Osage Nation Begins Construction of Casino Projects in Bartlesville and Pawhuska

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The Osage Nation broke ground Tuesday a new Osage Casino in Bartlesville and Pawhuska, projects that the tribe has been planning sine seven years ago.

Announced last year, the project will both relocate and expand the Osage Nation’s existing casinos in Pawhuska and outside Bartlesville in Osage County.

Per Osage Casinos CEO Byron Bighorse:

“We received approval for both applications last summer and immediately got to work on adjusting the scope of the properties to accommodate today’s construction costs. Demand in both markets continues to rise, and I am proud that we worked together as an enterprise to see this come to fruition.”

Expected to Open in the Fall of 2022

The two casino projects have been in the works for years. The Osage Nation applied with the United States Department of Interior to transfer the Bartlesville property to a federal trust for use in gaming in 2014, while an application for the Pawhuska property was filed two years later.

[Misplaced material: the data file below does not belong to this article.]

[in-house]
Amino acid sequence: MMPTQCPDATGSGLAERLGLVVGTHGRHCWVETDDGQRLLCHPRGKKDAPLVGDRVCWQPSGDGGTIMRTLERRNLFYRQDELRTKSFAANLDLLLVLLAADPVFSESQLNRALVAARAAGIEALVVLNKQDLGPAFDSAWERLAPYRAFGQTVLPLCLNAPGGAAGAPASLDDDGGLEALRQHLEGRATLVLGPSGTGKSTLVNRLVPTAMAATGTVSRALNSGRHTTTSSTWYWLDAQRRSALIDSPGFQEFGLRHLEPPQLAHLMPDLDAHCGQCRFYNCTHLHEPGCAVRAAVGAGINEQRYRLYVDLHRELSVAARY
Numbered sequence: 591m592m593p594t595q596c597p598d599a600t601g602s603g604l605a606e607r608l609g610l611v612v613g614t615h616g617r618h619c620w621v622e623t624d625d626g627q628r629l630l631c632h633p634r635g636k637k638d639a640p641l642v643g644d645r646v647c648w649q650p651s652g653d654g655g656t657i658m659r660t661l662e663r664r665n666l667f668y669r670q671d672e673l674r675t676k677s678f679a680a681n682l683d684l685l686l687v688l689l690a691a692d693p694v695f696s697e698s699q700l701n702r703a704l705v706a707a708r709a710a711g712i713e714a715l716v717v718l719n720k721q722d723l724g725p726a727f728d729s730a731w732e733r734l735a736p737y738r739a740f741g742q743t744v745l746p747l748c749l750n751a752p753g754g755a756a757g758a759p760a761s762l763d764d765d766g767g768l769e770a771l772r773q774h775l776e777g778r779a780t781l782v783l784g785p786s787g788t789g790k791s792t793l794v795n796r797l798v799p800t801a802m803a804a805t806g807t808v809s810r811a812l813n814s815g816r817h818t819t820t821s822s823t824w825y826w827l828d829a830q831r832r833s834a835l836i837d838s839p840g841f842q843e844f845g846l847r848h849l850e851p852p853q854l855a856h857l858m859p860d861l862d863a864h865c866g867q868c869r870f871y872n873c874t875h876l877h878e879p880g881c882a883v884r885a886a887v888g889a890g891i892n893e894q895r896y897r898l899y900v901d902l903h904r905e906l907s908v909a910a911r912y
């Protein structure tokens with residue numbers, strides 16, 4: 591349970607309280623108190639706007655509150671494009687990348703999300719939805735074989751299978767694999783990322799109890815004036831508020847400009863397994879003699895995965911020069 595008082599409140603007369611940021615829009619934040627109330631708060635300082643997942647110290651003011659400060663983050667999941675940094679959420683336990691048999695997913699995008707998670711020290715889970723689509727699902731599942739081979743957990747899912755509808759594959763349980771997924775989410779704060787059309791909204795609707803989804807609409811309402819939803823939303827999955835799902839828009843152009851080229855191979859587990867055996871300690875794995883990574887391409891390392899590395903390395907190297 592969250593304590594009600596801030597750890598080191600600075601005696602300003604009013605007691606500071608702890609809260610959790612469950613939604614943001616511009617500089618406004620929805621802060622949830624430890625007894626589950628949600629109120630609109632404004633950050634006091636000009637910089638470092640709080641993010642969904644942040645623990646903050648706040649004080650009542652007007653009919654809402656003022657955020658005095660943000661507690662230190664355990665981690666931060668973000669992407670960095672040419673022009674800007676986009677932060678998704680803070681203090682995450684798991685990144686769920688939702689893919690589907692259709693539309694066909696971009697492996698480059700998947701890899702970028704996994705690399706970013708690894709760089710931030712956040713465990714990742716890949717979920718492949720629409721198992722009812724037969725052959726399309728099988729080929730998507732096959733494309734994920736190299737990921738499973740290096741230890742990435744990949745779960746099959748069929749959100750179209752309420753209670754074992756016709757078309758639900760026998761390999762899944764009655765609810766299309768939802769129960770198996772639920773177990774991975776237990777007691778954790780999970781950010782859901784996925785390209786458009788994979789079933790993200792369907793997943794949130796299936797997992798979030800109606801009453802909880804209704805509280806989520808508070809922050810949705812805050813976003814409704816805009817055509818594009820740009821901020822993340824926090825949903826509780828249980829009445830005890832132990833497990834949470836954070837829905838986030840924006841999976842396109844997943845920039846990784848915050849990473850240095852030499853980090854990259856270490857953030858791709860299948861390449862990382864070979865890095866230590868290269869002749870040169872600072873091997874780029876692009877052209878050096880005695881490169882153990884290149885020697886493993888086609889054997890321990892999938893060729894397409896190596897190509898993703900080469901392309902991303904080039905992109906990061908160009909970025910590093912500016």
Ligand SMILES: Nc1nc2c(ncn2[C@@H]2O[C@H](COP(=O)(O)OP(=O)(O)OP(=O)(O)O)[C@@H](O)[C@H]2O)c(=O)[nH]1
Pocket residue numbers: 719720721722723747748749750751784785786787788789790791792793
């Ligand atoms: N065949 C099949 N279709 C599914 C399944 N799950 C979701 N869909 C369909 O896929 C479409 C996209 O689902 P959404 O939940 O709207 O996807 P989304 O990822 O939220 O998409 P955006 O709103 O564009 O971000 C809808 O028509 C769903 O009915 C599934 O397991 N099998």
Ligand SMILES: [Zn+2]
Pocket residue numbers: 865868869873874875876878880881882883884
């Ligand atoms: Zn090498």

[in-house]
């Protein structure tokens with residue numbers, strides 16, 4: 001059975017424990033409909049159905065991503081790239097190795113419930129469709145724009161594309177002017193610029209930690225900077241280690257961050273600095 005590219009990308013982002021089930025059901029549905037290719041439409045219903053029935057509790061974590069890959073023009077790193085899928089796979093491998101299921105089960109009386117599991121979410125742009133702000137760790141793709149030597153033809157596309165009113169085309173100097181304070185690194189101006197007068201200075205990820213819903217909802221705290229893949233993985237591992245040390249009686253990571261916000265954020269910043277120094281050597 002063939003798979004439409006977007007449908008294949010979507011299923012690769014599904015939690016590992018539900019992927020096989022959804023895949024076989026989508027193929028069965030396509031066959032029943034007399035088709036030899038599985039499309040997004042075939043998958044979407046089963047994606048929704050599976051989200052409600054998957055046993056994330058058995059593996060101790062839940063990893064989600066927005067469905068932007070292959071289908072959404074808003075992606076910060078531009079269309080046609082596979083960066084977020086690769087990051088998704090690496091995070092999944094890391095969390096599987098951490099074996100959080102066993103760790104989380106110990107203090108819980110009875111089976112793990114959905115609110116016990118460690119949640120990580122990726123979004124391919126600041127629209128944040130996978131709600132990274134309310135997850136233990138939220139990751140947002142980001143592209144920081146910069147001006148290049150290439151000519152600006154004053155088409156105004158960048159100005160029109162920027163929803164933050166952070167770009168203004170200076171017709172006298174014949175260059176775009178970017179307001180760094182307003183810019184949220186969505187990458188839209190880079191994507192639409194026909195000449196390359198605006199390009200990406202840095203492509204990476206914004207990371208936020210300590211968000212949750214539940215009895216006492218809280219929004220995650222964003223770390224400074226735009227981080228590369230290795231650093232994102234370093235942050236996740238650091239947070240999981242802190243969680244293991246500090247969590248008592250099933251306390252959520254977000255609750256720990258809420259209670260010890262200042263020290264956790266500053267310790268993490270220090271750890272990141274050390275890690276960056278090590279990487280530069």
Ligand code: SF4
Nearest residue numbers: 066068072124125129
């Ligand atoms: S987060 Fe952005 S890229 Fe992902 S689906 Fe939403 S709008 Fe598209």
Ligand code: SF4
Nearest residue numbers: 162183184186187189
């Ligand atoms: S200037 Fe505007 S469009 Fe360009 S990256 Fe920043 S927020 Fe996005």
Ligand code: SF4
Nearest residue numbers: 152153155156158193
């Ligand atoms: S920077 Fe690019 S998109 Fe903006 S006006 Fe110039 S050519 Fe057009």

The transfers were approved last June and in April 2021, the tribe approved credit agreements for the construction of the two projects.

Both the Bartlesville and Pawhuska locations will have hotels, pools, spas, fitness areas, and a meeting space which are not in the current casino locations. While completion of the projects were delayed in the throughout the planning process, both are expected to open in the fall of 2022.

New Casino Locations

The New Bartlesville casino is located at a 125-acre property at 1803 US Highway 60, less than two miles west of downtown. It will have 57,400 square feet of gaming area with 500 slot machines. Currently, the existing Bartlesville casino has 42,000 square feet of gaming area and 44o video slots.

Meanwhile, the Pawhuska location is at a 60-acre plot at 1421 John Dahl Ave., across Oklahoma 60 from its current location. The new property will have a 40-room hotel, 3,675 square feet of meeting space, and 250 electronic games.

Both casinos were originally planned to be larger but with the current construction costs, the tribe decided to reduce their scope.